The early Salvation Army professed its commitment to sexual equality in ministry and leadership. In fact, its founding constitution proclaimed women had the right to preach and hold any office in the organization. But did they?
Women in God’s Army is the first study of its kind devoted to the critical analysis of this central claim. It traces the extent to which this egalitarian ideal was realized in the private and public lives of first- and second-generation female Salvationists in Britain and argues that the Salvation Army was found wanting in its overall commitment to women’s equality with men. Bold pronouncements were not matched by actual practice in the home or in public ministry.
Andrew Mark Eason traces the nature of these discrepancies, as well as the Victorian and evangelical factors that lay behind them. He demonstrates how Salvationists often assigned roles and responsibilities on the basis of gender rather than equality, and the ways in which these discriminatory practices were supported by a male-defined theology and authority. He views this story from a number of angles, including historical, gender and feminist theology, ensuring it will be of interest to a wide spectrum of readers. Salvationists themselves will appreciate the light it sheds on recent debates. Ultimately, however, anyone who wants to learn more about the human struggle for equality will find this book enlightening.
``I found the book fascinating and its message disillusioning. For people interested in the history of gender in Britain and in women's ministry, this examination of a narrow slice of time, which was so fundamental in shaping the world we live in today, is well worth a look. ''- Janet Wootton, Feminist Theology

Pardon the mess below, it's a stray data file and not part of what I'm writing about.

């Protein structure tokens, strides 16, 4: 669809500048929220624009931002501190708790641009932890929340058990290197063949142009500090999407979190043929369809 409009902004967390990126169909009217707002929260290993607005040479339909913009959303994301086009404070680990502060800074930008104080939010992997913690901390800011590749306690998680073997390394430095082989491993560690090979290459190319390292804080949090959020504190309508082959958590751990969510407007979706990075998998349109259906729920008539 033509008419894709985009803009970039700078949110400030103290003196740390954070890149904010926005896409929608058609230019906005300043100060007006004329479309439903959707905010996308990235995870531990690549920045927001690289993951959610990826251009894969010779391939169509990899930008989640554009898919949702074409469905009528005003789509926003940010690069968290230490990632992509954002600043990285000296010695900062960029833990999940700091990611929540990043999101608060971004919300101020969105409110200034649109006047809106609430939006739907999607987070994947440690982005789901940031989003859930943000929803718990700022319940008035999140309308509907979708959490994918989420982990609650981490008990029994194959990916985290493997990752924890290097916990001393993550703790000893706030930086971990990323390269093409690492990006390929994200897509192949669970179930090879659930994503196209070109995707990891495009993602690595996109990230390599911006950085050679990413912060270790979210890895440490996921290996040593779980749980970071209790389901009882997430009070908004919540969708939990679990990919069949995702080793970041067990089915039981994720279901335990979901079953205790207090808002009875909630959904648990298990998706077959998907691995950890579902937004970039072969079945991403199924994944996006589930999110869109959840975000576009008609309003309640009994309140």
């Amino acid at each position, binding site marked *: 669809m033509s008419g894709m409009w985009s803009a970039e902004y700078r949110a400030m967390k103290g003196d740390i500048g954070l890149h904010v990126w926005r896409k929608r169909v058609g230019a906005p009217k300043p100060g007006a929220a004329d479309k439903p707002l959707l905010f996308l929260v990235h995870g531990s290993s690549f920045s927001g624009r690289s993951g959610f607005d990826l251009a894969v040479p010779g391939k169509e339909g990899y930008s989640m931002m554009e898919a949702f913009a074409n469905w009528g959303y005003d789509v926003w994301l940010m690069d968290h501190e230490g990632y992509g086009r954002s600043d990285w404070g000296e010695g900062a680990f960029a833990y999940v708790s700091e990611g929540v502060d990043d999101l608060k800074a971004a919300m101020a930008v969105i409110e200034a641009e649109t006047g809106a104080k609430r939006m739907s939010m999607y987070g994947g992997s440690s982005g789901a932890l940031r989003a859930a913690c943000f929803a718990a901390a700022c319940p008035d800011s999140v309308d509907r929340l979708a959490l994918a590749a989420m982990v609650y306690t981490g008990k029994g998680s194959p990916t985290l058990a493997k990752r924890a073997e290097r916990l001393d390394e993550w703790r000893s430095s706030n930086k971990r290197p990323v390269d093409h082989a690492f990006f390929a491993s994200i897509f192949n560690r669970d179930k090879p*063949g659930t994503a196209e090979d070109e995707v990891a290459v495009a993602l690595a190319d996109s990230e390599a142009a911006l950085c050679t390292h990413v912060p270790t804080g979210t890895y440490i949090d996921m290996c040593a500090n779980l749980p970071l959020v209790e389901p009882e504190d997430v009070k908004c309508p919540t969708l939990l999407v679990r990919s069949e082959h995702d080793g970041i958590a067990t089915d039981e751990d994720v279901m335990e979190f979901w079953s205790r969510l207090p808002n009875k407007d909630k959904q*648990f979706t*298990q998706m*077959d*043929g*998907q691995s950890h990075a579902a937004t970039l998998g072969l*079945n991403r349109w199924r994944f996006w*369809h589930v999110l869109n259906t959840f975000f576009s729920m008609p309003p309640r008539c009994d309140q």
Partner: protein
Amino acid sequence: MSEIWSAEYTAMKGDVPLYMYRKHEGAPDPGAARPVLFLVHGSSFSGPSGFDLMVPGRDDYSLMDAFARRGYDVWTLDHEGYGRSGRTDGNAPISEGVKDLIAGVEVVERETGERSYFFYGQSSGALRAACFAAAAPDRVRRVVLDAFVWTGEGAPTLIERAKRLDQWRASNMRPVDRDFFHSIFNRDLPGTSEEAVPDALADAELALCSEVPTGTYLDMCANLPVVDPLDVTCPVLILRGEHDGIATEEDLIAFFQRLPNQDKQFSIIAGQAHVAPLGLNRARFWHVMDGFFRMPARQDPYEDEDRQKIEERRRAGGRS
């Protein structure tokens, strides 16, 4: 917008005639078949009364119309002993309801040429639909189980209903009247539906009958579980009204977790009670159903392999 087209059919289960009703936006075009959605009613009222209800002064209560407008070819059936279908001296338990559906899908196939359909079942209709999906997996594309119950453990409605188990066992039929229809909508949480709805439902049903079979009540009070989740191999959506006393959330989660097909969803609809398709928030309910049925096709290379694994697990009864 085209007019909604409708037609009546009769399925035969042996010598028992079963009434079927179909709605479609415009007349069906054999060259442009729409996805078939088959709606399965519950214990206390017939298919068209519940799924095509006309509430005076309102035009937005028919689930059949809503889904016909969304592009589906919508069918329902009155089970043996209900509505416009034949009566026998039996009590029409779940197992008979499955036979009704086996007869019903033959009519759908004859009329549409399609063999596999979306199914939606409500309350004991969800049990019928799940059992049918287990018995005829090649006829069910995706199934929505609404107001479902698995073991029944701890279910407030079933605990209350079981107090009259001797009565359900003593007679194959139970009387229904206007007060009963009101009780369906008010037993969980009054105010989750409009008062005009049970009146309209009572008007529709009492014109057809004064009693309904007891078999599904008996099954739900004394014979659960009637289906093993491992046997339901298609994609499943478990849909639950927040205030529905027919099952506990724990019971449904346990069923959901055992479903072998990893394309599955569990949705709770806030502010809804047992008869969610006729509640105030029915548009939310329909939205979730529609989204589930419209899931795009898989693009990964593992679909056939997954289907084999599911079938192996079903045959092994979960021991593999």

``A useful addition to undergraduate courses on women and religion as well as a welcome contribution to the study of nineteenth-century religious movements, in general, and the Salvation Army in particular. ''- Diane Winston, University of Southern California, ChurchHistory
``A fine piece of research and analysis. Eason's range of interest is extensive, and he skilfully weaves into his thesis such doctrinal matters as the influence of Methodism, the impact of American revivalism, the Army's emphasis on holiness, and the move away from sacraments. ...As a systematic analysis of how egalitarian concepts played themselves out in a religious denomination which consciously modelled itself on authoritarian military structure, this study reveals yet one more fascinating aspect of the complex exchange between religious forms and cultural norms in the Victorian era. ''- Marguerite Van Die, University of Toronto Quarterly--Letters in Canada 2003
``This is a valuable and pioneering study by a young scholar of promise. ''- Stuart Mews, University of Gloucestershire, English Historical Review, February 2007
``[This book] offers a fascinating and carefully nuanced study of the place of women in the early Salvation Army. ..This text will make a fine addition to academic libraries serving those who want to apply recent feminist scholarship to denominational histories. ''- Choice
``A welcome addition to scholarship concerning evangelical women's ministries. Eason's book offers a far more nuanced analysis of the theology and practices of both William and Catherine Booth and the practices of the Salvation Army. ''- Nancy A. Hardesty, Professor of Religion,Clemson University, Clemson, South Carolina
``The editors of Wilfrid Laurier University's series on Women and Religion should be congratulated, as should the author himself, for this book is precisely the kind of work that will add to the rapidly growing field of gender and world religion. ...As a critical and respectful treatment of gender relations in the Salvation Army, this book will find a wide readership among generalists and specialists alike. ''- Myra Rutherdale, Canadian Journal of History